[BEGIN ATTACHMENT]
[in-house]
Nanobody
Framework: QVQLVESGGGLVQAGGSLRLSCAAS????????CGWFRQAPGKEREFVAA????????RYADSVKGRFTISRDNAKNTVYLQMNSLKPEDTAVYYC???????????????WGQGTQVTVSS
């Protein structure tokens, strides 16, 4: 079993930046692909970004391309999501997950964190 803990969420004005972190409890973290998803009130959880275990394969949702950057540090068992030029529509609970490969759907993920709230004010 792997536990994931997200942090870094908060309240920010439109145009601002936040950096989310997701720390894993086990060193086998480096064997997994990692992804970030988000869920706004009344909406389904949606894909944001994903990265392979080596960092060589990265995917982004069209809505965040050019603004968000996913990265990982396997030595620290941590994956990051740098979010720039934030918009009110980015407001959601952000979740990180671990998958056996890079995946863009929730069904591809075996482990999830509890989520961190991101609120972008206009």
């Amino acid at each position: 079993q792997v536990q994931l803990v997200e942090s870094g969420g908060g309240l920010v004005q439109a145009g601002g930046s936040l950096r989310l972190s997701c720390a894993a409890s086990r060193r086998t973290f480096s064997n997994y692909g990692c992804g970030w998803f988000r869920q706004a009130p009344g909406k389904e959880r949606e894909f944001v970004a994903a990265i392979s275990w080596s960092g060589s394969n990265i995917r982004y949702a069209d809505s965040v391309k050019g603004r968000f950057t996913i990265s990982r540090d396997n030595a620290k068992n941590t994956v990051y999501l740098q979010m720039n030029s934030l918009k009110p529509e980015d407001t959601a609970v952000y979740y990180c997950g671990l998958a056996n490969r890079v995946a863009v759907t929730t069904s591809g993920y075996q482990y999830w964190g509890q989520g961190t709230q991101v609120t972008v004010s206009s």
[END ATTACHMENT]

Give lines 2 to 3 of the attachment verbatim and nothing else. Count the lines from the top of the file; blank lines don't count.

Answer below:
Nanobody
Framework: QVQLVESGGGLVQAGGSLRLSCAAS????????CGWFRQAPGKEREFVAA????????RYADSVKGRFTISRDNAKNTVYLQMNSLKPEDTAVYYC???????????????WGQGTQVTVSS